It needs to be hard-hitting. Many, many lives are disrupted and affected by this insidious behaviour. Some bullies are easy to spot, and these are not necessarily the ones who are "psychopaths". It takes moral courage, clear sight and quite a lot of personal confidence to even identify them, I think.


After this article was posted last week, I received a number of often quite heart-breaking emails, in which people told me about their own experiences. I was touched that these people trusted me to hear their stories.


I think the astonishing number of people who have viewed this post attests to the enormity of the problem and of the experience of it that so many people have.

Comment by Bernard Keith Althofer on September 7, 2011 at 16:08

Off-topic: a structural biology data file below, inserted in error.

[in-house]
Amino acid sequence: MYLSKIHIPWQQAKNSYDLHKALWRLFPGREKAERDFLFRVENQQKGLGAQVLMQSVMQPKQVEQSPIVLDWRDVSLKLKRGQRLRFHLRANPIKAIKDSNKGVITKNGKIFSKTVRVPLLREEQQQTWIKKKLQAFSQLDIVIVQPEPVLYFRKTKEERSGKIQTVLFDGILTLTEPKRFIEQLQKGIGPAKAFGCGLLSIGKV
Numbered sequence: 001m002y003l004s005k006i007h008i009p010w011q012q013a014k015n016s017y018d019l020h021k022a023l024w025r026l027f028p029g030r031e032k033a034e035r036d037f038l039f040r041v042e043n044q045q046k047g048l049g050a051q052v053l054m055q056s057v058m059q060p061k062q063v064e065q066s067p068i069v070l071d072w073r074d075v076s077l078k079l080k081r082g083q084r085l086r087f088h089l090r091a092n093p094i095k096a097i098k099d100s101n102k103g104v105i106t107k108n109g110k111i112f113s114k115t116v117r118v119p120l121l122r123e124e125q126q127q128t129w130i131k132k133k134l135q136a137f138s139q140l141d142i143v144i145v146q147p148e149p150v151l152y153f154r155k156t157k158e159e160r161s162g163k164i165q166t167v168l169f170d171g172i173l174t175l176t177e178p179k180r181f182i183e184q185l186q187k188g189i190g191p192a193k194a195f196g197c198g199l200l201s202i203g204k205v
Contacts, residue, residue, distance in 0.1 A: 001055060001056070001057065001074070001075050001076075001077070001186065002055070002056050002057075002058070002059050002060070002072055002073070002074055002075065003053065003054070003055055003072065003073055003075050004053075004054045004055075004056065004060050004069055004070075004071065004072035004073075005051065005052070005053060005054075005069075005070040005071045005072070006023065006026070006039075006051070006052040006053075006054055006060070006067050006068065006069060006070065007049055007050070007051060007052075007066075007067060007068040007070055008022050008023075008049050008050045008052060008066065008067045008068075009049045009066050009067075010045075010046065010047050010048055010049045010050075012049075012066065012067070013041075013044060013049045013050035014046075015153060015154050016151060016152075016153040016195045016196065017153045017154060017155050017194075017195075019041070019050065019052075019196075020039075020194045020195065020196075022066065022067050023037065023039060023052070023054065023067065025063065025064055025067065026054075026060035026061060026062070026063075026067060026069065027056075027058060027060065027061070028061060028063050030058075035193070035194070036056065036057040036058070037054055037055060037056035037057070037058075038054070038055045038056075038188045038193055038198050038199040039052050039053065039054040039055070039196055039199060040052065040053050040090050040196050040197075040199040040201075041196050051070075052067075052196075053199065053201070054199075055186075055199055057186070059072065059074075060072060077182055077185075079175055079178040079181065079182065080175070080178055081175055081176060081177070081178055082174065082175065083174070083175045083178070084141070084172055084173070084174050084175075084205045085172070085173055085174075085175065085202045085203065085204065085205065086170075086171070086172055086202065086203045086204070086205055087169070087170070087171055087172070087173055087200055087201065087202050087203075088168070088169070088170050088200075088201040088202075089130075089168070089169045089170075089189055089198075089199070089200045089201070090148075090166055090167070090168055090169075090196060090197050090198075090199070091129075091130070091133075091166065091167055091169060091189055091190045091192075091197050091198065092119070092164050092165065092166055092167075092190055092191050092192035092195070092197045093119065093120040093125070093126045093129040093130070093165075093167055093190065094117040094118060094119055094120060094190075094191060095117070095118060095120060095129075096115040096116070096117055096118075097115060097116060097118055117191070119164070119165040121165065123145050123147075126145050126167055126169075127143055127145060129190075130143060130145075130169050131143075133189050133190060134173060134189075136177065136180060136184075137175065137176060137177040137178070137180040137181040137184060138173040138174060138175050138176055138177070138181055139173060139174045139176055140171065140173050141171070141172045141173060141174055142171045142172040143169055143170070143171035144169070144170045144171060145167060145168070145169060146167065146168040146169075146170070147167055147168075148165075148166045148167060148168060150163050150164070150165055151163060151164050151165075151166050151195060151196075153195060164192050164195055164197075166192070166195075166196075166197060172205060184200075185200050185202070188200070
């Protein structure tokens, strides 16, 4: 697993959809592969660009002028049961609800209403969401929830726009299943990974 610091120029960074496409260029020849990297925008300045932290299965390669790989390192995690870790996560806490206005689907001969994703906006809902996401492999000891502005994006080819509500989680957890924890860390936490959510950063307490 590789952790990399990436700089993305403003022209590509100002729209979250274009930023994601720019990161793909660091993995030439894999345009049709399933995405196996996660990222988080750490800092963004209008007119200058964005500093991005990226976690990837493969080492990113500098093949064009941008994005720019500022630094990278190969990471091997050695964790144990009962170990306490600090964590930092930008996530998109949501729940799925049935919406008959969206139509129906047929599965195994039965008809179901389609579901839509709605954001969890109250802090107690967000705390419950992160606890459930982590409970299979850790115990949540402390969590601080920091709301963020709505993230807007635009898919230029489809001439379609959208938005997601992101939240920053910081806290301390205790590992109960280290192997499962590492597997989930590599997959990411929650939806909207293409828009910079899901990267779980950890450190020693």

I think that individuals (be they the victim/target, the alleged bully and even the executives) underestimate the physical and/or psychological trauma that is caused from bullying.  Whilst some organisations may have a culture of tolerance that leads to acceptability, and even and expectation that one should 'suck it up', 'build a bridge and get over it', or any of the many similar beliefs, the reality is that bullying behaviours can result in death.  Like you, I hear from people who tell some tragic tales of how badly they are being treated, and in some cases, the conduct includes a range of behaviours that are not necessarily bullying, but certainly no less offensive or discriminatory. A number of victims/targets have expressed the view that 'a bad job is better than no job' and some even hold a view that 'things will get better'.  There is no doubt that workplace bullying and harassment appears to be escalating in interest given the responses being provided on this site and various other sites.  There is little doubt that as individuals we all have views about how to handle, manage or resolve the problem.  However, whilst we have a situation that sees a number of different definitions about what is and what is not bullying or harassment, and what is and what is not reasonable management, we also have a situation where it appears that the solution in workplaces is to run basic workshops or presentations.  Given the complexity of issues involved in preventing, detecting and resolving workplace bullying, it almost seems that any presentation or workshop that does not cover the legal issues, the physical and psychological issues and the practical issues will not result in any lasting changes.  By all means, tell employers and employees what it is and how to resolve it, but one should also look at the many silos and how the silos are connected.  If as some suggest, one should change the environment so that bullying behaviours can be addressed, one might also need to look at what constitutes the environment e.g. job/position description, tasks, people, internal and external demands and the list goes on.  Simply telling everyone about a policy may no longer be effective.  Giving people coping or resilience strategies, addressing behavioural issues and creating an understanding about mental health issues are important and sometimes not even addressed during 'workplace bullying presentations'. Some data suggests that as many as 1 in 3 will be a victim/target of bullying, whilst other data suggests 1 in 5.  Calculating the cost is difficult depending on what is used to determine the costs and whether or not more than compensation data is used.  Some posts suggest that bullying costs between $1600 and $4900 per person per year.  However, that might only be the tip of the iceberg. As we generate more discussion and commentary, we may create a situation whereby there is more understanding and a willingness to change the current situation.